In denying White's motion for summary judgment, and in granting summary judgment to Gens, the trial court concluded that the lack of evidence as to how or why the mistake was made in the 2001 Security Deed was fatal to White's counterclaim for reformation. This conclusion is incorrect. In reformation cases where the mutuality of the mistake was sufficient or was undisputed by the evidence, we have consistently held that the cause of the mistake is immaterial so long as the mistake is common to both parties to the transaction and the non-complaining party will not be prejudiced by the reformation. See Bank of America, supra at 78-80 (2), 770 S.E.2d 48 (sufficient evidence established the mutuality of the mistake); DeGolyer v. Green Tree Servicing, LLC, 291 Ga. App. 444, 447 (1), 662 S.E.2d 141 (2008) (affirming grant of equitable reformation of security deed when evidence undisputed that both borrower and lender intended to secure loan with property). Accord Zaimis v. Sharis, 275 Ga. 532, 533 (1), 570 S.E.2d 313 (2002). Here, although Gens now contends that the mistake in the 2001 Security Deed was not mutual, she has pointed to no evidence to support her assertion. April Gens's alleged expression of a previous desire to retain Lot 7 for herself has no bearing on her subsequent decision to encumber the property in exchange for the loans from the Bank. Had she not defaulted on the loans and surrendered the property to her creditor in her bankruptcy proceedings, she might have been able to retain Lot 7. Furthermore, we fail to see how Gens could be prejudiced by the reformation of the deeds in the chain of title to the very property that she voluntarily surrendered to her creditors during the bankruptcy years ago.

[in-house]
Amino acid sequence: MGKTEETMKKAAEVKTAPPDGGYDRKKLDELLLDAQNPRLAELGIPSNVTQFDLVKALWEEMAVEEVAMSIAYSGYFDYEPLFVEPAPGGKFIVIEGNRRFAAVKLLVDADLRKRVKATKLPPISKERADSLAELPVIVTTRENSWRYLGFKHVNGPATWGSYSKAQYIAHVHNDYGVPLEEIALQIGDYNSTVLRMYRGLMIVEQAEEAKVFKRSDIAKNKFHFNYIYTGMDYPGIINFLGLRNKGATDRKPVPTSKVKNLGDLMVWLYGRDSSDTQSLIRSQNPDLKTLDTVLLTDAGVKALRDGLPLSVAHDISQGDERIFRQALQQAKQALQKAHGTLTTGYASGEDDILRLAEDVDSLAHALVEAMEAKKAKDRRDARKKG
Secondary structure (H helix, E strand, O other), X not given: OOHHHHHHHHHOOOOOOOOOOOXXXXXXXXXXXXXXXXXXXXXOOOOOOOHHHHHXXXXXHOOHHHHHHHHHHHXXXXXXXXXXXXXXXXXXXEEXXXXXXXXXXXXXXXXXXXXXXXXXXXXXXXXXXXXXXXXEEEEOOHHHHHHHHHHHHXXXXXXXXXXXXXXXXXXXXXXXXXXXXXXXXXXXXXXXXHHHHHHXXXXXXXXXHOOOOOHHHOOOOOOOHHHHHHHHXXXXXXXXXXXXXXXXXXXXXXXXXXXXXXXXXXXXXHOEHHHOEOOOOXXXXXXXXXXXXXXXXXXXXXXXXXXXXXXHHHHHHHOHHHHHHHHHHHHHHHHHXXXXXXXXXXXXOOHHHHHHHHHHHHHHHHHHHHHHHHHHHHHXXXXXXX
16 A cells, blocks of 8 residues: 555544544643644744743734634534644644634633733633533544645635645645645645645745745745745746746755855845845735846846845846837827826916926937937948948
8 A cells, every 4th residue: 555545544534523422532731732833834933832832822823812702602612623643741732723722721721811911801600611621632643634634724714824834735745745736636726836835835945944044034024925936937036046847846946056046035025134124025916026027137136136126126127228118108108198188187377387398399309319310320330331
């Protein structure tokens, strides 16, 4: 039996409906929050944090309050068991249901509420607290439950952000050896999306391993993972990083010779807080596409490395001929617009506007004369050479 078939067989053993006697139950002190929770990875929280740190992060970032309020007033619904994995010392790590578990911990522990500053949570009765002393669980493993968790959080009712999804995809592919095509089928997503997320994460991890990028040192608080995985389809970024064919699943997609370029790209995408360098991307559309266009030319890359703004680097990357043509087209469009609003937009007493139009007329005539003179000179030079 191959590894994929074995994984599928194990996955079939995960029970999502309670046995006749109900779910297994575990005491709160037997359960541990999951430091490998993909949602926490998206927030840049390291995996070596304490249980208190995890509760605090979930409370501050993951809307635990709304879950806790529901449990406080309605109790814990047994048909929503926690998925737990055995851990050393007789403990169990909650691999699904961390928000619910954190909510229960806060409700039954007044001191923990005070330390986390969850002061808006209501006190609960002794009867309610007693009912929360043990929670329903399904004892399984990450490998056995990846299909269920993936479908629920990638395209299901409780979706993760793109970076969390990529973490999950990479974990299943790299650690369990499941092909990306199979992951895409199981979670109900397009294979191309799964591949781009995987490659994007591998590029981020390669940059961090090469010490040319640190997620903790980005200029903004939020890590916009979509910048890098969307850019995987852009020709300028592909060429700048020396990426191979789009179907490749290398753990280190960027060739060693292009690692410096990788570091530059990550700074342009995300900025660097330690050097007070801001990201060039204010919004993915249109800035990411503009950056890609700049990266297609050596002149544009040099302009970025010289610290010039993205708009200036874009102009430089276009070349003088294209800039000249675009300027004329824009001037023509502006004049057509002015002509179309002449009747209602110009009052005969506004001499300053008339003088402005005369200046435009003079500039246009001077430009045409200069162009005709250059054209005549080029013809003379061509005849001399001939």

As Feagin's undisputed scrivener's affidavit, along with the other undisputed evidence set forth above, establishes that there was a mutual mistake in the legal description of Lot 7 in the 2001 Security Deed and that the true intention of the parties was for the Bank to loan funds to April Gens and to take a security interest in the entirety of Lot 7, the cause of the mutual mistake is immaterial.
Thus, the trial court erred in granting summary judgment to Gens and in denying White's motion for summary judgment on White's reformation counterclaim. Therefore, we reverse the judgment of the trial court and remand the case with direction that the trial court enter summary judgment in favor of White on his counterclaim for reformation of the deeds in the chain of title.
2. Based on our holding in Division 1, we need not address White's remaining arguments.
Judgment reversed and case remanded with direction.
McFadden, P. J., and Rickman, J., concur.